Energy modelers and forecasters have a tough job; They’re being asked to tell the future using spreadsheets and algorithms. And to tell the future, there are the considerations of politics, broader global economics, future scientific breakthroughs, and other emergent properties on a globe with seven and a half billion independent actors, which may or may not end up in these models – and not always in ways that we can simply see and predict. Which is why when the EIA publishes its projections it does so considering only the currently enacted legislation – and receives much scorn.
Nonetheless, the modelers will model.
The U.S. Department of Energy’s (DOE) National Renewable Energy Lab (NREL) has begun a collaboration with other expert modeling teams with a long term goal improving variable renewable energy (VRE) deployment models through 2050. Modelers recognize that structures and algorithms for national-scale power system planning and dispatch models rely on numerous simplifications thanks to their broad scope, and that how the unique groups develop these models and solve for these simplifications in their equations can have significant affects on outcomes projected.
NREL collaborated with the modeling teams at the U.S. Energy Information Administration (which uses the NEMS energy model), the U.S. Environmental Protection Agency (IPM), and the Electric Power Research Institute (US-REGEN). NREL’s model is named ReEDS.
As of yet, the collaboration from this effort has delivered two research papers. The first, Variable Renewable Energy in Long-term Planning Models: A Multi-model Perspective (pdf), analyzed models from the three groups above plus NREL’s own models. The documents looks at how the four models treat different aspects of renewable energy, the numerous experiments that were conducted on the models to tease out these differences, the improvements that have been made to the models already, and a blueprint to enable further advancements.
Some of the variances between the models include: transmission and generation resource data, capacity value, dispatch and operational modeling, distributed generation volumes deployed, and temporal and spatial resolution.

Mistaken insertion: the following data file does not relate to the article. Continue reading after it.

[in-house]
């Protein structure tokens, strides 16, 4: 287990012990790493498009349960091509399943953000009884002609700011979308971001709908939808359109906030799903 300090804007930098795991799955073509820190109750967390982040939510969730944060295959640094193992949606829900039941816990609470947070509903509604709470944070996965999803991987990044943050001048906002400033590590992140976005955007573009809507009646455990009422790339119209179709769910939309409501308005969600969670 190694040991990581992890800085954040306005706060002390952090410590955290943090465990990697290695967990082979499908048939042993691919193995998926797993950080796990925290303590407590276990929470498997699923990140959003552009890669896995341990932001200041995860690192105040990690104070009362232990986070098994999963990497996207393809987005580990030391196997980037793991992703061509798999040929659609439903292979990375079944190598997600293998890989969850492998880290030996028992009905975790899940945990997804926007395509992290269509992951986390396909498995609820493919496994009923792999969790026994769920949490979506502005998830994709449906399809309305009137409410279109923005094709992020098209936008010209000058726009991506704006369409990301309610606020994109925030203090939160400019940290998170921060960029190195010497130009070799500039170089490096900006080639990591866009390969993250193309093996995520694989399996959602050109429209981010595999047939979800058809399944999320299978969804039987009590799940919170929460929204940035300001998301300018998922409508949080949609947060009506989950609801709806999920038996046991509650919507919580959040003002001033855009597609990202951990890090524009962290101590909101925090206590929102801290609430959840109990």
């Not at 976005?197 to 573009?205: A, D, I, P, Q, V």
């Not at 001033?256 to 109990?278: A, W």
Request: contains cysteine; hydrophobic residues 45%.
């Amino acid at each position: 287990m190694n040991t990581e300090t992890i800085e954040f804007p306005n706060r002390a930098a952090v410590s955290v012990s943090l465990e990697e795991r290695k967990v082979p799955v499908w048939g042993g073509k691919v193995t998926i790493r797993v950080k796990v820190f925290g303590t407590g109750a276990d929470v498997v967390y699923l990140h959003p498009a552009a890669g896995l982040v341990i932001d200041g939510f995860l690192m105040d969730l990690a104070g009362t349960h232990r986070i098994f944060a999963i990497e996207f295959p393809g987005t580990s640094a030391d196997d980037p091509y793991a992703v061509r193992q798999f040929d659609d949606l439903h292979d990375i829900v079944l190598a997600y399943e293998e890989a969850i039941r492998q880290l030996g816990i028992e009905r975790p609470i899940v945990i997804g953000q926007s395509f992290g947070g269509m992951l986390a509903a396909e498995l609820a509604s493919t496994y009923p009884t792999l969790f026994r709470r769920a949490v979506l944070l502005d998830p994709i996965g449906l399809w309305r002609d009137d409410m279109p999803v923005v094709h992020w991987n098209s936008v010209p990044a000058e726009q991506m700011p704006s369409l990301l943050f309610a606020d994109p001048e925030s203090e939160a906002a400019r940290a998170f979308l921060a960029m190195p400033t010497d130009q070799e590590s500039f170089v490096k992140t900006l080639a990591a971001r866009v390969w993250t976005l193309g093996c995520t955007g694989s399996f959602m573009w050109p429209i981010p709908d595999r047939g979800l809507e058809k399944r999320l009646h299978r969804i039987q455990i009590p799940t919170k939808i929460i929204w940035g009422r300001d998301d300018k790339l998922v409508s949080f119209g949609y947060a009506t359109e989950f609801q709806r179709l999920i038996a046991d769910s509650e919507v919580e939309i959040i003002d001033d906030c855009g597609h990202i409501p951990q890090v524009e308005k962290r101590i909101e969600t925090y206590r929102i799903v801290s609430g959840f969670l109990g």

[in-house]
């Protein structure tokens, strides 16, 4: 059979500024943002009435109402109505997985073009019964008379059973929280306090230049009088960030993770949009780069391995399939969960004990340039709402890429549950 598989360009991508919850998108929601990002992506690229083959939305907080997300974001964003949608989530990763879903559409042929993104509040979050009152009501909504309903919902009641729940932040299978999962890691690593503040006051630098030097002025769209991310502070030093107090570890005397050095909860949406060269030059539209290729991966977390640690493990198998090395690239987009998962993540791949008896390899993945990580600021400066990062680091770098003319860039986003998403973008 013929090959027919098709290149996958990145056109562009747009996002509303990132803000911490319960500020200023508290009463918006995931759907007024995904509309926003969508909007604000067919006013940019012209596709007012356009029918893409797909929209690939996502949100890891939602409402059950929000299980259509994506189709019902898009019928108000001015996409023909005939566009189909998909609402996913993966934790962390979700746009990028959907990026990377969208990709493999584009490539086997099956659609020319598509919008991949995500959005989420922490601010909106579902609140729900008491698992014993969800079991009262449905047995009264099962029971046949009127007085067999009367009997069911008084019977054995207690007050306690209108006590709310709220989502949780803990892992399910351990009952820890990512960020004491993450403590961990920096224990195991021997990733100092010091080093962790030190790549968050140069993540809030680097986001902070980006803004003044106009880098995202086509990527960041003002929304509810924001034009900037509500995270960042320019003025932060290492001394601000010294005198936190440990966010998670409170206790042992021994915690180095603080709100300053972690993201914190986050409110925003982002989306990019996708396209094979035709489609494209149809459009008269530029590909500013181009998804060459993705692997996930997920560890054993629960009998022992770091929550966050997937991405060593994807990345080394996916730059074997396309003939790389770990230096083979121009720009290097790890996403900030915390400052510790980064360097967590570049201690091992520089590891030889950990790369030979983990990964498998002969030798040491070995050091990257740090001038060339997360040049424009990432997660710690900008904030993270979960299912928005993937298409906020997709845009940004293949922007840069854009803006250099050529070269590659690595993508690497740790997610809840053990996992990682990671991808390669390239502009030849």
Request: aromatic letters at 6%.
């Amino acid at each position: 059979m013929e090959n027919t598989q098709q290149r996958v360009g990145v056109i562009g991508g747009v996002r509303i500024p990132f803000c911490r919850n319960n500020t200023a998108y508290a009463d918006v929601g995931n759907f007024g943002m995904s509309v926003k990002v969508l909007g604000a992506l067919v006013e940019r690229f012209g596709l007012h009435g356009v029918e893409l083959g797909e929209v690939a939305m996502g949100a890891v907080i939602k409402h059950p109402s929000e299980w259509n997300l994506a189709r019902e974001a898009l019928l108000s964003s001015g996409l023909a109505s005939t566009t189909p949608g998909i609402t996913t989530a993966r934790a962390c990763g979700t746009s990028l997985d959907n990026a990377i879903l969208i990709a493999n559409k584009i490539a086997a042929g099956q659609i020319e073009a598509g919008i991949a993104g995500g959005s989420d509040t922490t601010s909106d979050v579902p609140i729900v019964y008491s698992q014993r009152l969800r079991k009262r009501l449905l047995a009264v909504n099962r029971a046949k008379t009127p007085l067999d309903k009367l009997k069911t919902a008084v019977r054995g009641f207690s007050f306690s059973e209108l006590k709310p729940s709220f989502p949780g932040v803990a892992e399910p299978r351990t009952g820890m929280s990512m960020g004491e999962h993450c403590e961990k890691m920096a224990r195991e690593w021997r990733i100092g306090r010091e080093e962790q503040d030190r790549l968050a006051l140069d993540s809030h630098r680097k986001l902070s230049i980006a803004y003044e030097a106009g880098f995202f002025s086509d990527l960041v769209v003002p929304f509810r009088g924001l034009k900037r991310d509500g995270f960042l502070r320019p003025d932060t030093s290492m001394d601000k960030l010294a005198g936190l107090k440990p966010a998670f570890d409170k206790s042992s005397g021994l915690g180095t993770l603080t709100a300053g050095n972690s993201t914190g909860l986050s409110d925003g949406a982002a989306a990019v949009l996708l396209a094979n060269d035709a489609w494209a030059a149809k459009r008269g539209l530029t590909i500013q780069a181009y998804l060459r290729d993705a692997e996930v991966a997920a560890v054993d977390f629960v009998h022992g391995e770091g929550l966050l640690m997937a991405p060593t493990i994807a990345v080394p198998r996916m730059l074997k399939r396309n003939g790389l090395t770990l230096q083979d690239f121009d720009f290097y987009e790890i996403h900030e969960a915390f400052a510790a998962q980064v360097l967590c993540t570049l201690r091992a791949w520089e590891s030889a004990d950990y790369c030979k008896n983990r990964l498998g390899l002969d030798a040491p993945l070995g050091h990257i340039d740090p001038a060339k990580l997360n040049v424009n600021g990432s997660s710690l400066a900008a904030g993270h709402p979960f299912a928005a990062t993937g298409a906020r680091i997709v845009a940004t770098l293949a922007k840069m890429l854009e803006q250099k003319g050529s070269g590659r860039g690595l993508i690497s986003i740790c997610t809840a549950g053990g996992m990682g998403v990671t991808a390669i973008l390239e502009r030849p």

For instance, the below map shows how the models see the USA spatially:
The four models each break down the United States differently: 64 IPM regions (top left), 22 regions for the NEMS model (top right), 134 ReEDS balancing area regions (bottom left), and 48 US-REGEN states (bottom right).
One of the effects of this difference was shown in that in models with fewer regions, there were fewer transmission constraints, making it easier to access lower-cost remote renewable resources. Total system costs were approximately 2% lower in the 15-region case than in the 48-region case. This model would project a lower volume of distributed renewable assets.
The second paper, The role of input assumptions and model structures in projections of variable renewable energy: A multi-model perspective of the U.S. electricity system, shows that even when the models normalized the input variables their outcomes can greatly vary. The first image in this article shows three models projecting a difference in deployments between below 20% of total electricity to greater than 40% in their “Business as Usual” projection. The image just above, the “Low Carbon” projection, shows a variance of between around 30% to just below 60%.
Some of the original inputs considered for utility scale pv across the three models analyzed were:
In paying respect to the complex interactions of their models and the reality of our complex politics, the first paper mentioned in this series offered the following note at the end of its executive summary:
This research is intended to inform the energy modeling community on the modeling of variable renewable resources, and is not intended to advocate for or against any particular energy technologies, resources, or policies.
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